Updated from 7:02 a.m.
NEW YORK (TheStreet) -- Here are 10 things you should know for Wednesday, June 17:
1. -- U.S. stock futures were rising modestly as investors readied for the Federal Reserve Open Market Committee results.
European stocks were slightly lower on Wednesday as investors awaited the outcome of the two-day Fed meeting and digested the latest U.K. labor-market figures.
Asian stocks were mixed, with the Hang Seng rising in Hong Kong as the Nikkei fell in Tokyo.
2. -- The economic calendar in the U.S. on Wednesday includes the Mortgage Bankers' Association mortgage application data at 7 a.m., the Energy Information Administration petroleum status report at 10:30 a.m., and the Federal Reserve Open Market Committee meeting statement at 2 p.m.
3. -- U.S. stocks on Tuesday rose despite dubious market sentiments about the Federal Reserve's interest rate policy.
4. -- The Federal Reserve Open Market Committee releases the result of its two-day June meeting at 2 p.m. Wednesday. The FOMC makes decisions about the official U.S. interest rate, which has been hovering at about zero since 2008 in an effort to boost the economy. The committee's announcement will be very closely watched.
Investors are mainly wondering if the Fed will raise interest rates in June (unlikely) or possibly September or later. That would be a major event for stock and bond markets alike.
5. -- Cosmetics company Coty (COTY) looks ready to buy Procter & Gamble's (PG) beauty business for $12 billion. The deal would include the Gucci and Hugo Boss perfume brands, plus Clairol hair products and Cover Girl make-up. Conglomerate P&G is narrowing its focus and Coty is trying to boost its sales.
In premarket trading, Coty was falling by 1.6% and P&G was down 0.11%.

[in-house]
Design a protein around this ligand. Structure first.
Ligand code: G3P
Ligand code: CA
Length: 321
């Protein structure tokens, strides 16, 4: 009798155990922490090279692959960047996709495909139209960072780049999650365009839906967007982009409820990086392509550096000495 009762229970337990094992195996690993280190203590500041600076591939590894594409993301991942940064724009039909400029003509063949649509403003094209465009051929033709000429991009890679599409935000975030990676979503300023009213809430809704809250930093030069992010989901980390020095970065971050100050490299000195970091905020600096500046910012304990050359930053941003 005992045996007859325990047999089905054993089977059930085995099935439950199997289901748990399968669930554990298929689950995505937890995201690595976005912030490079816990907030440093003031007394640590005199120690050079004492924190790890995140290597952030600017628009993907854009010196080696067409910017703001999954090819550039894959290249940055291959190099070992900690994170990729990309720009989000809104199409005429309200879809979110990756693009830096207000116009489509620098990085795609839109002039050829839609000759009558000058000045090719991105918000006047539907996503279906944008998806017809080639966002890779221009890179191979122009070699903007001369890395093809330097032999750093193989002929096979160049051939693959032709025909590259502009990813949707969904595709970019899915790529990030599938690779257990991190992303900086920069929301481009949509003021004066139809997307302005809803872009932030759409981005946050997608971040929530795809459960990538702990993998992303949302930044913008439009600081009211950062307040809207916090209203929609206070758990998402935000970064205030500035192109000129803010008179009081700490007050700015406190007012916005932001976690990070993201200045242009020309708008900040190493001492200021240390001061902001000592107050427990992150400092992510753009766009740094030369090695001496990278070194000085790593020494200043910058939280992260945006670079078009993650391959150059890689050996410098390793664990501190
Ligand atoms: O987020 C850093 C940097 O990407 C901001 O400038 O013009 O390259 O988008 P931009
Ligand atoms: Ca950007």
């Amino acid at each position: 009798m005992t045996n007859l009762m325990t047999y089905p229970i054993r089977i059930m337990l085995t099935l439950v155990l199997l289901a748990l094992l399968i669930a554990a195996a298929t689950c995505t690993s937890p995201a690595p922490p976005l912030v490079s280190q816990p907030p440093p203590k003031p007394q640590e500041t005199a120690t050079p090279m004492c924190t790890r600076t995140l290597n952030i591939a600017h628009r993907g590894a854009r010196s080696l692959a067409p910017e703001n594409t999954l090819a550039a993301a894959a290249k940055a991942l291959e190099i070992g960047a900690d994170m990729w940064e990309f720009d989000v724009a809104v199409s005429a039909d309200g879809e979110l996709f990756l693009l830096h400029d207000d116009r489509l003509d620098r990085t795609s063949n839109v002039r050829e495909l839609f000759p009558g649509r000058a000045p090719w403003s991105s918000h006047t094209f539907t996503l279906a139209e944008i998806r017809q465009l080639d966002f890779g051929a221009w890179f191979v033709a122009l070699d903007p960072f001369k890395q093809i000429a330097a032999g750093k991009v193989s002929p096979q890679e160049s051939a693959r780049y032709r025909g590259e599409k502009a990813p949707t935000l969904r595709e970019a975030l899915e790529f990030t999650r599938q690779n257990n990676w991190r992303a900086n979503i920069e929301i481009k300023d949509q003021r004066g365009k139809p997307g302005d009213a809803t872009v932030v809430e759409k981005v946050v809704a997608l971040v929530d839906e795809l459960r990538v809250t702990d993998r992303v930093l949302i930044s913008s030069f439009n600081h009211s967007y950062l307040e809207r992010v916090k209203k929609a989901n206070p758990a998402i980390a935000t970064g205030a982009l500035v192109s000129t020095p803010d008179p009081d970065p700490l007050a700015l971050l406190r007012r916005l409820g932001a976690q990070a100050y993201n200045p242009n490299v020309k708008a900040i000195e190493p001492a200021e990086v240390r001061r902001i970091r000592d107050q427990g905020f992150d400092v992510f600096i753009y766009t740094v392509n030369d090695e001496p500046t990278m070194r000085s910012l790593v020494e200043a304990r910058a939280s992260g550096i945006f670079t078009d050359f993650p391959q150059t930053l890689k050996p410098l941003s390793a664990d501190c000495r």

6. -- Greece is one day closer to a debt default. The euro is falling, along with the wider European stock market. A meeting Sunday failed to find a way for Greece to avoid a default on €1.5 billion ($1.68 billion) it owes to the International Monetary Fund this month. Talks resume in Luxembourg on Thursday in a last-ditch effort, but little movement seems to have occurred.
If Greece can't reach a bailout on its debt terms with the International Monetary Fund, the European Commission and the European Union, it likely be forced out of the euro currency and go bankrupt.
7. -- Hank Greenberg, the former head of insurer AIG (AIG), will appeal a court case in which AIG claimed it was forced to hand over too much of the company to the U.S. government in exchange for a bailout.
A federal judge ruled Monday that the federal salvaging of AIG illegally exceeded the government's reach. The government took over 80% of AIG in compensation for saving it. The judge ruled that the effective takeover by Uncle Sam was illegal. But the judge also found that AIG and its shareholders suffered no damages, as the company was on the brink of bankruptcy.
Greenberg is appealing to seek the damages that the court denied him.
In premarket trading, AIG was up 0.08%.